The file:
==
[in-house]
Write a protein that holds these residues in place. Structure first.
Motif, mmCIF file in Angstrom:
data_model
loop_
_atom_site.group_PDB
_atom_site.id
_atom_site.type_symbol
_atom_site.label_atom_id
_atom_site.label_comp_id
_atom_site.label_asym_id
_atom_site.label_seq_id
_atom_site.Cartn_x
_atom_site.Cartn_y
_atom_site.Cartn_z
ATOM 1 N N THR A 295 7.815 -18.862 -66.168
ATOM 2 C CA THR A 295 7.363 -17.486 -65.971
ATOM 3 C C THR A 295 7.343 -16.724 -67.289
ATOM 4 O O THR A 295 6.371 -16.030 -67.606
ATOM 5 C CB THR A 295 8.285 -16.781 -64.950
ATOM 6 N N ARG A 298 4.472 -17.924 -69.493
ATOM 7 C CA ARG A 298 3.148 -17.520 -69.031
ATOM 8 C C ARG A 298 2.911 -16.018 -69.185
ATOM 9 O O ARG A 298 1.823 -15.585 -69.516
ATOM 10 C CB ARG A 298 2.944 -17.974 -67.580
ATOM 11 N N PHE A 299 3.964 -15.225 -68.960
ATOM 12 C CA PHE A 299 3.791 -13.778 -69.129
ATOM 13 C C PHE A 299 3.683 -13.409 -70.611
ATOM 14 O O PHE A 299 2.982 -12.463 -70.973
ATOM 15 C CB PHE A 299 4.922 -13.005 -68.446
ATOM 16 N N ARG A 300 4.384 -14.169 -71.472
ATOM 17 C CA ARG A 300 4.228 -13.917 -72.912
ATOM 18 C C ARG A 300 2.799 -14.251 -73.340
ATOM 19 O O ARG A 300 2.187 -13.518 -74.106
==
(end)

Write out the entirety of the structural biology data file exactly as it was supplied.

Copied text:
[in-house]
Write a protein that holds these residues in place. Structure first.
Motif, mmCIF file in Angstrom:
data_model
loop_
_atom_site.group_PDB
_atom_site.id
_atom_site.type_symbol
_atom_site.label_atom_id
_atom_site.label_comp_id
_atom_site.label_asym_id
_atom_site.label_seq_id
_atom_site.Cartn_x
_atom_site.Cartn_y
_atom_site.Cartn_z
ATOM 1 N N THR A 295 7.815 -18.862 -66.168
ATOM 2 C CA THR A 295 7.363 -17.486 -65.971
ATOM 3 C C THR A 295 7.343 -16.724 -67.289
ATOM 4 O O THR A 295 6.371 -16.030 -67.606
ATOM 5 C CB THR A 295 8.285 -16.781 -64.950
ATOM 6 N N ARG A 298 4.472 -17.924 -69.493
ATOM 7 C CA ARG A 298 3.148 -17.520 -69.031
ATOM 8 C C ARG A 298 2.911 -16.018 -69.185
ATOM 9 O O ARG A 298 1.823 -15.585 -69.516
ATOM 10 C CB ARG A 298 2.944 -17.974 -67.580
ATOM 11 N N PHE A 299 3.964 -15.225 -68.960
ATOM 12 C CA PHE A 299 3.791 -13.778 -69.129
ATOM 13 C C PHE A 299 3.683 -13.409 -70.611
ATOM 14 O O PHE A 299 2.982 -12.463 -70.973
ATOM 15 C CB PHE A 299 4.922 -13.005 -68.446
ATOM 16 N N ARG A 300 4.384 -14.169 -71.472
ATOM 17 C CA ARG A 300 4.228 -13.917 -72.912
ATOM 18 C C ARG A 300 2.799 -14.251 -73.340
ATOM 19 O O ARG A 300 2.187 -13.518 -74.106